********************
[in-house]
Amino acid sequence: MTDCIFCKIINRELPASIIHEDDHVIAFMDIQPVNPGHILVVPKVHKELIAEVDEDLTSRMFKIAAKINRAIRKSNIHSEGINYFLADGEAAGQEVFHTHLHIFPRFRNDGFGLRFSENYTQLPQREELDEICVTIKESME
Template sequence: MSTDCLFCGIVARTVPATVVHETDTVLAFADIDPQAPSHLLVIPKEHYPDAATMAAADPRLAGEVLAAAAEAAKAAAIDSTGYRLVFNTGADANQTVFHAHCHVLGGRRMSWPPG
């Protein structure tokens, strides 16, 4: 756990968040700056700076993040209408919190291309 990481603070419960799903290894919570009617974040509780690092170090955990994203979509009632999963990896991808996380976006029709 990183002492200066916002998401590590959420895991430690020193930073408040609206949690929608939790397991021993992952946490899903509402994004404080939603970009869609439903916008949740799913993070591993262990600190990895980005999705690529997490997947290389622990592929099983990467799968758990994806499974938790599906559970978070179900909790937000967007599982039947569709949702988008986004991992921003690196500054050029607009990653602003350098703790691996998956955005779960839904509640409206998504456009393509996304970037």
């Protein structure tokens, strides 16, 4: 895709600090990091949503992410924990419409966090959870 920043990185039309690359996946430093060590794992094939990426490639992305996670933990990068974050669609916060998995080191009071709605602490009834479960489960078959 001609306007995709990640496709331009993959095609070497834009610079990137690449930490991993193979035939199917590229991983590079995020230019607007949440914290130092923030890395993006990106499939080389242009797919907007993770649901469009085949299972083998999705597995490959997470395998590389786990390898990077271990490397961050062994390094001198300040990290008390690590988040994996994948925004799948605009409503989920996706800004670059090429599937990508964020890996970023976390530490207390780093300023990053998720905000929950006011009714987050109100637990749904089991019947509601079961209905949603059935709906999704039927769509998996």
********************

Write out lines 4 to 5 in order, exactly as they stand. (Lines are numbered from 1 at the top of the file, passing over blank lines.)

């Protein structure tokens, strides 16, 4: 756990968040700056700076993040209408919190291309 990481603070419960799903290894919570009617974040509780690092170090955990994203979509009632999963990896991808996380976006029709 990183002492200066916002998401590590959420895991430690020193930073408040609206949690929608939790397991021993992952946490899903509402994004404080939603970009869609439903916008949740799913993070591993262990600190990895980005999705690529997490997947290389622990592929099983990467799968758990994806499974938790599906559970978070179900909790937000967007599982039947569709949702988008986004991992921003690196500054050029607009990653602003350098703790691996998956955005779960839904509640409206998504456009393509996304970037």
């Protein structure tokens, strides 16, 4: 895709600090990091949503992410924990419409966090959870 920043990185039309690359996946430093060590794992094939990426490639992305996670933990990068974050669609916060998995080191009071709605602490009834479960489960078959 001609306007995709990640496709331009993959095609070497834009610079990137690449930490991993193979035939199917590229991983590079995020230019607007949440914290130092923030890395993006990106499939080389242009797919907007993770649901469009085949299972083998999705597995490959997470395998590389786990390898990077271990490397961050062994390094001198300040990290008390690590988040994996994948925004799948605009409503989920996706800004670059090429599937990508964020890996970023976390530490207390780093300023990053998720905000929950006011009714987050109100637990749904089991019947509601079961209905949603059935709906999704039927769509998996």